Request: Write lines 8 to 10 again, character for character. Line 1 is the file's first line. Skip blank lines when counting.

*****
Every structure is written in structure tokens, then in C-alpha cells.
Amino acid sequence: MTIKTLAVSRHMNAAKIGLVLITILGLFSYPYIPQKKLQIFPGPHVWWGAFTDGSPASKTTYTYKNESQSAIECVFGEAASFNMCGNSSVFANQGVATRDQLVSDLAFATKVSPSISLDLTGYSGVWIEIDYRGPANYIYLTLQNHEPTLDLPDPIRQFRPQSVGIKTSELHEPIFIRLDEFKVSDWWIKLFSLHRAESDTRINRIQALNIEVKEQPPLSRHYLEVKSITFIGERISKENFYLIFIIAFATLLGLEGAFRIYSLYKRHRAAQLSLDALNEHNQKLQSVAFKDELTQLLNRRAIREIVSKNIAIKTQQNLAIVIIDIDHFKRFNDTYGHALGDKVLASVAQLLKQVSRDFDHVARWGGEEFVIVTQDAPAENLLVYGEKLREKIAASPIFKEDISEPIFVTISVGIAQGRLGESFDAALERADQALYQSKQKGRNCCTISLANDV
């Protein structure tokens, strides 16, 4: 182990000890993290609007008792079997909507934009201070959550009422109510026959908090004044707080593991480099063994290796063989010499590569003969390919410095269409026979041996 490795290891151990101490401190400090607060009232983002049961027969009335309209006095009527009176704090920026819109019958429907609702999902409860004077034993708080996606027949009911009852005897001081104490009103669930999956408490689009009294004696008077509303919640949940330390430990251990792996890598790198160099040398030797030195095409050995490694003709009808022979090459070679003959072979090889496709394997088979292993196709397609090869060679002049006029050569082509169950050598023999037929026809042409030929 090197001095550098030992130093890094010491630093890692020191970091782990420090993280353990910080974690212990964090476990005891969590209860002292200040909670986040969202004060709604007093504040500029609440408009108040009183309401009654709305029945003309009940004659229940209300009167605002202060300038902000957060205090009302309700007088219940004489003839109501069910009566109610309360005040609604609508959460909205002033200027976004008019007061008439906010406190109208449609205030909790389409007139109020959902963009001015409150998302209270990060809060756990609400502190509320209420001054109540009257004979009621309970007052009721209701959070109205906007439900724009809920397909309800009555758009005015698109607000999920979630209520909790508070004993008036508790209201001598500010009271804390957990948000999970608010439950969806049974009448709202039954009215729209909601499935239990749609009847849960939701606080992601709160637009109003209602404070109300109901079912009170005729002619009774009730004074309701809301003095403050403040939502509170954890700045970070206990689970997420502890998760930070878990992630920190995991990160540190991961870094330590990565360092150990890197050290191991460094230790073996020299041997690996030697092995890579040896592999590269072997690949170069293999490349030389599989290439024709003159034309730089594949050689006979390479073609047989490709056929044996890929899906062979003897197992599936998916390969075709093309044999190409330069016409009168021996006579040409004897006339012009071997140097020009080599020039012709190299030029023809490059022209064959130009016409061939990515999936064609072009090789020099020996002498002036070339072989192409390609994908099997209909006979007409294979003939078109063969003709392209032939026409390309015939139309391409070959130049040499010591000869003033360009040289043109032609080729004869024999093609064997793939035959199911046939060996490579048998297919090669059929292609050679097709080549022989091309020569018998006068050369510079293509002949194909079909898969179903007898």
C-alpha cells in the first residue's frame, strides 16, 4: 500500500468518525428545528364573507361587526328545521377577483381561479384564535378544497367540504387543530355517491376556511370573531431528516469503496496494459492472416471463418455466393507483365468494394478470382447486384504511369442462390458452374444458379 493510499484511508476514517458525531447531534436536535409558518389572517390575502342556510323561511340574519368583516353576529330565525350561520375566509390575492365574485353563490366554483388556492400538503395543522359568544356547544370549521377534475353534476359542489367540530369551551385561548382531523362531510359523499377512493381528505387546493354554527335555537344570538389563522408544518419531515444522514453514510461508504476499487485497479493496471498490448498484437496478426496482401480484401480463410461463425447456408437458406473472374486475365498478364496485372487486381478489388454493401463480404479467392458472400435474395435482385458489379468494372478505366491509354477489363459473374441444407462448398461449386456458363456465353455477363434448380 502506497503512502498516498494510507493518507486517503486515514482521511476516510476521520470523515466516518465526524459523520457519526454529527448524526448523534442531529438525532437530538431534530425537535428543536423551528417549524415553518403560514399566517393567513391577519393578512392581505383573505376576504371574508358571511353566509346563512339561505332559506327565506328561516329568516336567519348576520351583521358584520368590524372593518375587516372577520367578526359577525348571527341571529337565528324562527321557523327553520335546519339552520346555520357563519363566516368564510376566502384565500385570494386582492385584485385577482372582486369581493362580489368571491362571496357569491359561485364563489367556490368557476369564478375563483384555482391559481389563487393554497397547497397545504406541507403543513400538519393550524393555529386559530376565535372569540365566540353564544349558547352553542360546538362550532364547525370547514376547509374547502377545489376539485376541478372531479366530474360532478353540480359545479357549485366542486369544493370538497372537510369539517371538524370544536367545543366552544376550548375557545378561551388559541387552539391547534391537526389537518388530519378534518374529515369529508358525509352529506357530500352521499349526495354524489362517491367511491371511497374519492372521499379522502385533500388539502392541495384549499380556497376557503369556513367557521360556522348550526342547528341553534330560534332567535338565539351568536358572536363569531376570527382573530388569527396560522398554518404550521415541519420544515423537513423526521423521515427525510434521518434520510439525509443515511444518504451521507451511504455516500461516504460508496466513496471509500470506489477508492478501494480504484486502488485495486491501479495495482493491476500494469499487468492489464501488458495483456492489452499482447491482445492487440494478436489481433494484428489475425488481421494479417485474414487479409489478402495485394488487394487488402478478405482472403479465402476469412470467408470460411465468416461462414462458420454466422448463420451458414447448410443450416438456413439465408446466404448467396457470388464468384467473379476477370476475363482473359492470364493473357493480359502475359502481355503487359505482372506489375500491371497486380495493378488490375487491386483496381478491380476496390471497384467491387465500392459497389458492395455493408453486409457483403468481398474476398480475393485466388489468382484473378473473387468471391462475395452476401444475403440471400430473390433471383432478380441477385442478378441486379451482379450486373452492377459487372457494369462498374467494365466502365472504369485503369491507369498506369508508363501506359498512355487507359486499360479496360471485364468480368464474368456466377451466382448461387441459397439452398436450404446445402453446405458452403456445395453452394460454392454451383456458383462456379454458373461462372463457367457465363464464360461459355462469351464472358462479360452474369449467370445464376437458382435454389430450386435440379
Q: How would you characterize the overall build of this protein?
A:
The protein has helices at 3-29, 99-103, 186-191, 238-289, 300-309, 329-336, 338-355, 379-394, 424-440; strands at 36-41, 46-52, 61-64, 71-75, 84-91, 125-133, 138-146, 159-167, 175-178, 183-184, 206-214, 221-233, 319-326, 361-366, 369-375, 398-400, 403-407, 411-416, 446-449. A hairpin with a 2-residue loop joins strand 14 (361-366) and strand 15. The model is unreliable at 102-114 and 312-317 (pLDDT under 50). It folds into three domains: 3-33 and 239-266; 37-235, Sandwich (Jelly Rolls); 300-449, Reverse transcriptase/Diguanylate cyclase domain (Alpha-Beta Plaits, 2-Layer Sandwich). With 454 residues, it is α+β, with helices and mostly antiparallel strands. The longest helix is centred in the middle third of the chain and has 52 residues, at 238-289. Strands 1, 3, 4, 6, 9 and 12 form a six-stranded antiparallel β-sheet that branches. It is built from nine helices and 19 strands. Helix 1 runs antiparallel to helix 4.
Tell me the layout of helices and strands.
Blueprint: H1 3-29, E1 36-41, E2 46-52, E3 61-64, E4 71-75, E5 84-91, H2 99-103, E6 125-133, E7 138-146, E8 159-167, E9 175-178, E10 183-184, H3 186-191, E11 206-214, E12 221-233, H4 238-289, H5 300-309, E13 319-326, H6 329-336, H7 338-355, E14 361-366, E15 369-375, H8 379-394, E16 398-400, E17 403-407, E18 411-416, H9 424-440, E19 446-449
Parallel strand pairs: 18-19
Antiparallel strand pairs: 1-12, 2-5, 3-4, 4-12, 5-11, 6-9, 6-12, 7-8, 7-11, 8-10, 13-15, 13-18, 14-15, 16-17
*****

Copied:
Tell me the layout of helices and strands.
Blueprint: H1 3-29, E1 36-41, E2 46-52, E3 61-64, E4 71-75, E5 84-91, H2 99-103, E6 125-133, E7 138-146, E8 159-167, E9 175-178, E10 183-184, H3 186-191, E11 206-214, E12 221-233, H4 238-289, H5 300-309, E13 319-326, H6 329-336, H7 338-355, E14 361-366, E15 369-375, H8 379-394, E16 398-400, E17 403-407, E18 411-416, H9 424-440, E19 446-449
Parallel strand pairs: 18-19